Torben Clausen

Excitation-induced exchange of Na+, K+, and Cl- in rat EDL muscle in vitro and in vivo: Physiology and pathophysiology

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In skeletal muscle, excitation leads to increased [Na(+)](i), loss of K(+), increased [K(+)](o), depolarization, and Cl(-) influx. This study quantifies these changes in rat extensor digitorum longus (EDL) muscles in vitro and in vivo using flame photometric determination of Na(+) and K(+) and (36)Cl as a tracer for Cl(-). In vitro, 5-Hz stimulation for 300 s increased intracellular Na(+) content by 4.6 ± 1.2 µmol/g wet wt (P <0.002) and decreased intracellular K(+) content by 5.5 ± 2.3 µmol/g wet wt (P <0.03). This would increase [K(+)](o) by 28 ± 12 mM, sufficient to cause severe loss of excitability as the result of inactivation of Na(+) channels. In rat EDL, in vivo stimulation at 5 Hz for 300 s or 60 Hz for 60 s induced significant loss of K(+) (P <0.01), sufficient to increase [K(+)](o) by 71 ± 22 mM and 73 ± 15 mM, respectively. In spite of this, excitability may be maintained by the rapid and marked stimulation of the electrogenic Na(+),K(+) pumps already documented. This may require full utilization of the transport capacity of Na(+),K(+) pumps, which then becomes a limiting factor for physical performance. In buffer containing (36)Cl, depolarization induced by increasing [K(+)](o) to 40-80 mM augmented intracellular (36)Cl by 120-399% (P <0.001). Stimulation for 120-300 s at 5-20 Hz increased intracellular (36)Cl by 100-188% (P <0.001). In rats, Cl(-) transport in vivo was examined by injecting (36)Cl, where electrical stimulation at 5 Hz for 300 s or 60 Hz for 60 s increased (36)Cl uptake by 81% (P <0.001) and 84% (P <0.001), respectively, indicating excitation-induced depolarization. Cl(-) influx favors repolarization, improving K(+) clearance and maintenance of excitability. In conclusion, excitation-induced fluxes of Na(+), K(+), and Cl(-) can be quantified in vivo, providing new evidence that in working muscles, extracellular accumulation of K(+) is considerably higher than previously observed and the resulting depression of membrane excitability may be a major cause of muscle fatigue.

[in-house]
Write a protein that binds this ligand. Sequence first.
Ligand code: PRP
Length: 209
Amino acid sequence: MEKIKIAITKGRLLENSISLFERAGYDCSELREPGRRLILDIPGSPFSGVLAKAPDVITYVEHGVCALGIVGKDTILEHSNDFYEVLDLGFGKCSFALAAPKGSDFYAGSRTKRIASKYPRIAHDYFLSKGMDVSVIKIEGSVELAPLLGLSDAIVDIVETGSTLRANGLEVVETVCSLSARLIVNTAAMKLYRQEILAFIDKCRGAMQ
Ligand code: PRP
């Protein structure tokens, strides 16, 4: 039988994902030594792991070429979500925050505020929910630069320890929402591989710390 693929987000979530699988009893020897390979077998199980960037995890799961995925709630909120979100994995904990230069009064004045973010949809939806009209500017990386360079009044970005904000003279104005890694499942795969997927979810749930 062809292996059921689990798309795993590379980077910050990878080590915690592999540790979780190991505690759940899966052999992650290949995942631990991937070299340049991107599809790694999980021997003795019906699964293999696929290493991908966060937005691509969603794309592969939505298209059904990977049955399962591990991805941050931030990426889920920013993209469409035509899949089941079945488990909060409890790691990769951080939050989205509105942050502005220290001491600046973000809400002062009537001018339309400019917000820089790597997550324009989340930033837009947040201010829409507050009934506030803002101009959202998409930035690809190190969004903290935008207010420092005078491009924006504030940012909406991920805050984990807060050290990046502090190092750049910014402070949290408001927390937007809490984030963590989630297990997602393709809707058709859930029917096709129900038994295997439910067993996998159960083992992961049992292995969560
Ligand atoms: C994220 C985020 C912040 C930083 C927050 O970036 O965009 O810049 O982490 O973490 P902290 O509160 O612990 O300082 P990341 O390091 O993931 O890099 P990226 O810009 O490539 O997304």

Original languageEnglish
JournalJournal of General Physiology
Pages (from-to)179-92
Number of pages14
Publication statusPublished - 2013

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